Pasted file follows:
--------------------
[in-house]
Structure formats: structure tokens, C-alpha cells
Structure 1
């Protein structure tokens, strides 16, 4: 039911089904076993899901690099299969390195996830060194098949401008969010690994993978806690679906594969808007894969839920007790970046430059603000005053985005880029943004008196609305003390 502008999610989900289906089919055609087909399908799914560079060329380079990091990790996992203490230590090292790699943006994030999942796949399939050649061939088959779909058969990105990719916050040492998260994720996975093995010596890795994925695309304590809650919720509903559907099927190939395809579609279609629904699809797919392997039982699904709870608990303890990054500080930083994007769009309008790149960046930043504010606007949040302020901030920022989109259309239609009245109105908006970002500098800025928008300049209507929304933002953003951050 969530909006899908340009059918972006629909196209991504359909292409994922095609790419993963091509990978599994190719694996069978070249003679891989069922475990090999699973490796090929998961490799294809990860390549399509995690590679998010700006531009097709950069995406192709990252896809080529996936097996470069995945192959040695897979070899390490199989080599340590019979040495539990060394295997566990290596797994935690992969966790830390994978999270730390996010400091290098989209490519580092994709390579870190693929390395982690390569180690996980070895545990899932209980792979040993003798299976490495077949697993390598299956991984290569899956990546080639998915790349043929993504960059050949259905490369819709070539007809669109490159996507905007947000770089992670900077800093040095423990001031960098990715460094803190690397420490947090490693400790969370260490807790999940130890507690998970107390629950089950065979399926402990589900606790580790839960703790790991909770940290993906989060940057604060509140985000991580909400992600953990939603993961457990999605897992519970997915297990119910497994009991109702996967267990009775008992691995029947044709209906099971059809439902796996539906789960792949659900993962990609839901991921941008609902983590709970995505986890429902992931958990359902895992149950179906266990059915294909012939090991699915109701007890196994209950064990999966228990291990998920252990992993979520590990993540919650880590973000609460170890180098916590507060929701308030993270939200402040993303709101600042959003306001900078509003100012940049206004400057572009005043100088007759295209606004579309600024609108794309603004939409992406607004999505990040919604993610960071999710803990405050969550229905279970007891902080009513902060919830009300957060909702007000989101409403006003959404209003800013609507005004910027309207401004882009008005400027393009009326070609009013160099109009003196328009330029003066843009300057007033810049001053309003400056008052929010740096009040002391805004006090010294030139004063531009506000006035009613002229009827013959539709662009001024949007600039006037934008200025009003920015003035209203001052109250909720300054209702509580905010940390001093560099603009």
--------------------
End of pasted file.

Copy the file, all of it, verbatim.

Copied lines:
[in-house]
Structure formats: structure tokens, C-alpha cells
Structure 1
């Protein structure tokens, strides 16, 4: 039911089904076993899901690099299969390195996830060194098949401008969010690994993978806690679906594969808007894969839920007790970046430059603000005053985005880029943004008196609305003390 502008999610989900289906089919055609087909399908799914560079060329380079990091990790996992203490230590090292790699943006994030999942796949399939050649061939088959779909058969990105990719916050040492998260994720996975093995010596890795994925695309304590809650919720509903559907099927190939395809579609279609629904699809797919392997039982699904709870608990303890990054500080930083994007769009309008790149960046930043504010606007949040302020901030920022989109259309239609009245109105908006970002500098800025928008300049209507929304933002953003951050 969530909006899908340009059918972006629909196209991504359909292409994922095609790419993963091509990978599994190719694996069978070249003679891989069922475990090999699973490796090929998961490799294809990860390549399509995690590679998010700006531009097709950069995406192709990252896809080529996936097996470069995945192959040695897979070899390490199989080599340590019979040495539990060394295997566990290596797994935690992969966790830390994978999270730390996010400091290098989209490519580092994709390579870190693929390395982690390569180690996980070895545990899932209980792979040993003798299976490495077949697993390598299956991984290569899956990546080639998915790349043929993504960059050949259905490369819709070539007809669109490159996507905007947000770089992670900077800093040095423990001031960098990715460094803190690397420490947090490693400790969370260490807790999940130890507690998970107390629950089950065979399926402990589900606790580790839960703790790991909770940290993906989060940057604060509140985000991580909400992600953990939603993961457990999605897992519970997915297990119910497994009991109702996967267990009775008992691995029947044709209906099971059809439902796996539906789960792949659900993962990609839901991921941008609902983590709970995505986890429902992931958990359902895992149950179906266990059915294909012939090991699915109701007890196994209950064990999966228990291990998920252990992993979520590990993540919650880590973000609460170890180098916590507060929701308030993270939200402040993303709101600042959003306001900078509003100012940049206004400057572009005043100088007759295209606004579309600024609108794309603004939409992406607004999505990040919604993610960071999710803990405050969550229905279970007891902080009513902060919830009300957060909702007000989101409403006003959404209003800013609507005004910027309207401004882009008005400027393009009326070609009013160099109009003196328009330029003066843009300057007033810049001053309003400056008052929010740096009040002391805004006090010294030139004063531009506000006035009613002229009827013959539709662009001024949007600039006037934008200025009003920015003035209203001052109250909720300054209702509580905010940390001093560099603009």